Bunk on a battleship during pope's Philadelphia visit
CAMDEN, N.J. (AP) — Visitors looking for a place to stay during Pope Francis' trip to Philadelphia have an unusual option.
The Battleship New Jersey is offering 400 bunks for $75 per person for a night between Sept. 22 and Sept. 26. Those are the same bunks where sailors slept.
The price includes breakfast and dinner. Guests also will get a tour of the museum and a ride in a flight simulator. But there are no showers available.
The ship is docked in Camden, across the river from Philadelphia and less than a mile from the Ben Franklin Bridge. The bridge will be closed to traffic, but open to pedestrians and bicyclists during the pope's visit.
The battleship was launched on the anniversary of the Pearl Harbor attack.
Islamic State in Syria releases 22 Christians held since February
BEIRUT (AP) — Islamic State militants have reportedly released 22 Christians they've been holding captive.
Human rights groups say the 22 were part of more than 220 Assyrian Christians captured when the Islamic State group overran several farming communities in northeastern Syria in February. The Britain-based Syrian Observatory for Human Rights said tribal leaders mediated and paid money for their release.
The Assyrian Human Rights Network said 14 of those released were women. The network says the freed hostages were taken to the Virgin Mary Church in the city of Hassakeh. It also posted photos on its Facebook page, showing mostly elderly men and women, some in tears, being greeted by a priest.
The Assyrian Federation of Sweden, which has followed the case, said Tuesday's release brings the total number of freed Assyrians to 45.
Last week, Islamic State militants abducted about 60 Christians from the central Syrian town of Qaryatain, hours after it was captured by the group. Nearly half of them were later released but the fate of the rest remains unknown.
Israeli rabbis create independent Jewish conversion court
JERUSALEM (AP) — Some Israeli rabbis have created an independent Jewish conversion court, defying the Orthodox establishment's monopoly on religious affairs.
While the conversions will not be officially recognized, the move signals growing impatience in some sectors with the Orthodox rabbinate's tight grip on aspects of daily life and a political leadership that has not liberalized access to conversion and other religious services. The Orthodox controls conversions, marriage and burials.
The new court, established by a dozen liberal rabbis, began offering conversions on Monday, with six children starting the process.
A spokeswoman for the Israeli group that helped establish the court says the rabbis hope that if large numbers of people go through with the conversions the state will have no choice but to recognize them.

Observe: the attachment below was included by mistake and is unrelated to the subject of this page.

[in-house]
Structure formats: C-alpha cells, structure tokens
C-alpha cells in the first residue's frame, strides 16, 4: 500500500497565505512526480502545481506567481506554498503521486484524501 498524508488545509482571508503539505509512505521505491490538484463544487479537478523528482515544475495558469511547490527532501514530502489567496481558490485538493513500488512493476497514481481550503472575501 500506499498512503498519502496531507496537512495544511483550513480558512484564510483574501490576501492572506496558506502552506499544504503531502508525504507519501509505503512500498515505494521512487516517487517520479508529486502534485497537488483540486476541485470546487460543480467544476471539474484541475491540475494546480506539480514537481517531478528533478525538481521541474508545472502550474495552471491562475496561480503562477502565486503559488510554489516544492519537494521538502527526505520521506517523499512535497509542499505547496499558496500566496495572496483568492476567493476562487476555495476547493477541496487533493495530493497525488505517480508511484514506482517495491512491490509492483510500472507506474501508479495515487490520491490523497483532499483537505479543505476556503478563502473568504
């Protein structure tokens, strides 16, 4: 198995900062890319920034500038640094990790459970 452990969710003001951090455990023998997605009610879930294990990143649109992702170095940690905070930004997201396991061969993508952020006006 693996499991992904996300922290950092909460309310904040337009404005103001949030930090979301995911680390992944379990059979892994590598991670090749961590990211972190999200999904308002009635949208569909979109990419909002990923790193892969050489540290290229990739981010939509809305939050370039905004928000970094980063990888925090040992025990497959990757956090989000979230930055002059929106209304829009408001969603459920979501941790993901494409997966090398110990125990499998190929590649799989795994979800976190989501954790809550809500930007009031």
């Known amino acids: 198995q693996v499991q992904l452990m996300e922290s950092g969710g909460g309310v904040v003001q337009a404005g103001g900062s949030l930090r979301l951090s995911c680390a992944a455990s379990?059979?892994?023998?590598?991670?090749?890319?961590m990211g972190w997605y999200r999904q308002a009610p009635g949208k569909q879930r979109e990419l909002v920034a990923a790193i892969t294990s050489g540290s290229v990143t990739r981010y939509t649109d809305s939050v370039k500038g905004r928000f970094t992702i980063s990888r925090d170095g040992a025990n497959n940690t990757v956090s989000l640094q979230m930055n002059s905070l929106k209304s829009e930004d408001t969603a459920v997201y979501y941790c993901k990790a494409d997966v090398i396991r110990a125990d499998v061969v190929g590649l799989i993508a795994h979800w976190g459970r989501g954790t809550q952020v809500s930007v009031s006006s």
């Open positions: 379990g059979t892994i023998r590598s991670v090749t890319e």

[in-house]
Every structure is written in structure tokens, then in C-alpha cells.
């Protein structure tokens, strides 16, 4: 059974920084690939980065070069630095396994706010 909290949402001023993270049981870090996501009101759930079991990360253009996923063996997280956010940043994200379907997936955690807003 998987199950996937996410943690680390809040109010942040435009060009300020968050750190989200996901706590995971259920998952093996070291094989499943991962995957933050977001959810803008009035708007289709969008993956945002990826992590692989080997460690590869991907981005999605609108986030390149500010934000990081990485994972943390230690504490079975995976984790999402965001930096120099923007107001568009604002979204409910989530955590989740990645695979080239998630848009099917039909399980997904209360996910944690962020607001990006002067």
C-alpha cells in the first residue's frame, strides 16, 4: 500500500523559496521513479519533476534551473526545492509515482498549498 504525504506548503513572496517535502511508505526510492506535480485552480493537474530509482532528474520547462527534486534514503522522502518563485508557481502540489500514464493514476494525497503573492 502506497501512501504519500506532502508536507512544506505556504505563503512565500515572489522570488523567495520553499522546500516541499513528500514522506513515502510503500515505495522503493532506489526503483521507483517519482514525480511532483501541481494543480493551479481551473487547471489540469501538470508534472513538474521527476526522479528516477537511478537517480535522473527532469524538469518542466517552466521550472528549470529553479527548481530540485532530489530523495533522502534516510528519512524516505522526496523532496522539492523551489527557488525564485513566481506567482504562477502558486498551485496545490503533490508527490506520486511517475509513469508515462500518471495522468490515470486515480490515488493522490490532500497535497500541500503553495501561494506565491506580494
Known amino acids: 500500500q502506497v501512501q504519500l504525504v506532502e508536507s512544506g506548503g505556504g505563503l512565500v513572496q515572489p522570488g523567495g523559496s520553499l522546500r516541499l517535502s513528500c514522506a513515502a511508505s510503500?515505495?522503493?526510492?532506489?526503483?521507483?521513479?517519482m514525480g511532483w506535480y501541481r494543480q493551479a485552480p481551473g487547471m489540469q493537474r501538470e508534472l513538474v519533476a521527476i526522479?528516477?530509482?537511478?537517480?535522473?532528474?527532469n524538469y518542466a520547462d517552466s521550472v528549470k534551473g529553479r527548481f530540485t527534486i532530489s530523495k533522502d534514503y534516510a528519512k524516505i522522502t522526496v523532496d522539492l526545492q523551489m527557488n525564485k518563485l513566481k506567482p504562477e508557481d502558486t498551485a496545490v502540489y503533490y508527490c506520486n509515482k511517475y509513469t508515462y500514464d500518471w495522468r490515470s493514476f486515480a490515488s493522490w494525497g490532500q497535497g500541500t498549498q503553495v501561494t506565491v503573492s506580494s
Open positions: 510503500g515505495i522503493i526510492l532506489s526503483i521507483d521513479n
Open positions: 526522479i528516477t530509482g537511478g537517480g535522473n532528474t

Board: Ohio judges can't choose marriage type they perform
COLUMBUS, Ohio (AP) — An Ohio judicial board has ruled that judges who perform weddings can't refuse same-sex couples based on personal, moral or religious beliefs.
The board also says judges who stop performing all marriages to avoid marrying same-sex couples may be considered biased and could therefore be disqualified from any case where sexual orientation is an issue.
The Ohio Supreme Court's Board of Professional Conduct issued the ruling Monday after a Toledo judge who refused to perform a same-sex wedding asked the board to clarify his duties. Municipal Judge C. Allen McConnell said he didn't marry a same-sex couple because of his religious beliefs after the U.S. Supreme Court made gay marriage legal in all 50 states in June.
McConnell said Monday he would abide by the board's opinion and would marry a same-sex couple if requested.
Haley worships at Emanuel AME, site of Charleston shootings
CHARLESTON, S.C. (AP) — South Carolina Gov. Nikki Haley has again worshipped with the congregation of Emanuel AME Church in Charleston where nine parishioners were killed during a Bible study in June.
The Post and Courier of Charleston reports that the governor attended Sunday services with her husband and their two children.
It was a low-key visit and the governor did not address the congregation. But Bishop Richard Franklin Norris welcomed the Haley family and told the congregation he appreciated the visit and said he had never seen a governor so quickly and gracefully provide leadership.
The Haley family left the church immediately after the two-hour service. The governor had earlier attended the funerals for all nine of the Emanuel victims.